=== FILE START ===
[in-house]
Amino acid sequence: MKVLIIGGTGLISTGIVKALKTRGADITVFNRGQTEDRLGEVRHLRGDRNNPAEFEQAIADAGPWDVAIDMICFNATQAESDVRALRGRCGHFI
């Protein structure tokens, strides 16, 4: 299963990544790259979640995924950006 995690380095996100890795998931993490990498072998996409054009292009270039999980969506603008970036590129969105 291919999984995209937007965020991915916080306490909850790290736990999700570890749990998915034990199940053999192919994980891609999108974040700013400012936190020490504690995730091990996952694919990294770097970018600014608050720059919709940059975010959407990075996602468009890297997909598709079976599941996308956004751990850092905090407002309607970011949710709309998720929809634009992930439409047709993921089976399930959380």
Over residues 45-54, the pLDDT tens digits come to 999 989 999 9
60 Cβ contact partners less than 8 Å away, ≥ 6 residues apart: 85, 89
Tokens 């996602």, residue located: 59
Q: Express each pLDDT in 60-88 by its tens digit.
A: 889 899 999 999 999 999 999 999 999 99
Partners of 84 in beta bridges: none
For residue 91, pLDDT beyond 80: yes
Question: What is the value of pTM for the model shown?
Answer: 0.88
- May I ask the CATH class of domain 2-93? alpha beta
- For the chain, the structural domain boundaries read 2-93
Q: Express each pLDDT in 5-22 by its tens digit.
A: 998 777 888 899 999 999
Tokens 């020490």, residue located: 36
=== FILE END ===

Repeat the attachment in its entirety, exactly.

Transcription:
[in-house]
Amino acid sequence: MKVLIIGGTGLISTGIVKALKTRGADITVFNRGQTEDRLGEVRHLRGDRNNPAEFEQAIADAGPWDVAIDMICFNATQAESDVRALRGRCGHFI
């Protein structure tokens, strides 16, 4: 299963990544790259979640995924950006 995690380095996100890795998931993490990498072998996409054009292009270039999980969506603008970036590129969105 291919999984995209937007965020991915916080306490909850790290736990999700570890749990998915034990199940053999192919994980891609999108974040700013400012936190020490504690995730091990996952694919990294770097970018600014608050720059919709940059975010959407990075996602468009890297997909598709079976599941996308956004751990850092905090407002309607970011949710709309998720929809634009992930439409047709993921089976399930959380």
Over residues 45-54, the pLDDT tens digits come to 999 989 999 9
60 Cβ contact partners less than 8 Å away, ≥ 6 residues apart: 85, 89
Tokens 């996602």, residue located: 59
Q: Express each pLDDT in 60-88 by its tens digit.
A: 889 899 999 999 999 999 999 999 999 99
Partners of 84 in beta bridges: none
For residue 91, pLDDT beyond 80: yes
Question: What is the value of pTM for the model shown?
Answer: 0.88
- May I ask the CATH class of domain 2-93? alpha beta
- For the chain, the structural domain boundaries read 2-93
Q: Express each pLDDT in 5-22 by its tens digit.
A: 998 777 888 899 999 999
Tokens 């020490």, residue located: 36